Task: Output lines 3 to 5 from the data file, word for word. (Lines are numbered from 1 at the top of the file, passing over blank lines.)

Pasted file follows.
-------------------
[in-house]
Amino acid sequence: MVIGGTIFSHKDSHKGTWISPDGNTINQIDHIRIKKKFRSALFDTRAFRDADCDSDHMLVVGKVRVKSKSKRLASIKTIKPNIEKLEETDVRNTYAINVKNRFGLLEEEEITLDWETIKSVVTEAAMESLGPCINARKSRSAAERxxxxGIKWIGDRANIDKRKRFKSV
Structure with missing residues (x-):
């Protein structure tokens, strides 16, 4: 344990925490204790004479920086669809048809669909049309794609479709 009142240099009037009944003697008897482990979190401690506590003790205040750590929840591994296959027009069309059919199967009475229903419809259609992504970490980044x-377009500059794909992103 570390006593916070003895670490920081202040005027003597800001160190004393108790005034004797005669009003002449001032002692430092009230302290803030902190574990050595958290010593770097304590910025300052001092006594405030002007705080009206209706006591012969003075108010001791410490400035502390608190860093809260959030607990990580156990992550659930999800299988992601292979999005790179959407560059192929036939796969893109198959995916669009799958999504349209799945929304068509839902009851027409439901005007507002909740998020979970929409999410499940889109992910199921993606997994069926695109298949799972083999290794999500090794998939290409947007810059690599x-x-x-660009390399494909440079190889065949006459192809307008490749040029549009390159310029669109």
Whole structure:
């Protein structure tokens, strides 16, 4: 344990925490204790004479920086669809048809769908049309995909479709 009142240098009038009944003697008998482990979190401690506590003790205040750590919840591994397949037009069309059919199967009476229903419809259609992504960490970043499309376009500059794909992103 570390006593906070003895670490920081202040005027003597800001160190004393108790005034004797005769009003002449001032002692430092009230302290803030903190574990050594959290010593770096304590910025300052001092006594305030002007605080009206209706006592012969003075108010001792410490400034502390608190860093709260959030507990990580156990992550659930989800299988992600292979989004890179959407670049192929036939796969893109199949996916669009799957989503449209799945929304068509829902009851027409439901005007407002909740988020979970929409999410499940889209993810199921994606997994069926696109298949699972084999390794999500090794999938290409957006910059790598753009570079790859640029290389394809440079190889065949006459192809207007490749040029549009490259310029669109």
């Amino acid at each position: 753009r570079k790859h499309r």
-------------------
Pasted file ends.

Structure with missing residues (x-):
């Protein structure tokens, strides 16, 4: 344990925490204790004479920086669809048809669909049309794609479709 009142240099009037009944003697008897482990979190401690506590003790205040750590929840591994296959027009069309059919199967009475229903419809259609992504970490980044x-377009500059794909992103 570390006593916070003895670490920081202040005027003597800001160190004393108790005034004797005669009003002449001032002692430092009230302290803030902190574990050595958290010593770097304590910025300052001092006594405030002007705080009206209706006591012969003075108010001791410490400035502390608190860093809260959030607990990580156990992550659930999800299988992601292979999005790179959407560059192929036939796969893109198959995916669009799958999504349209799945929304068509839902009851027409439901005007507002909740998020979970929409999410499940889109992910199921993606997994069926695109298949799972083999290794999500090794998939290409947007810059690599x-x-x-660009390399494909440079190889065949006459192809307008490749040029549009390159310029669109």
Whole structure: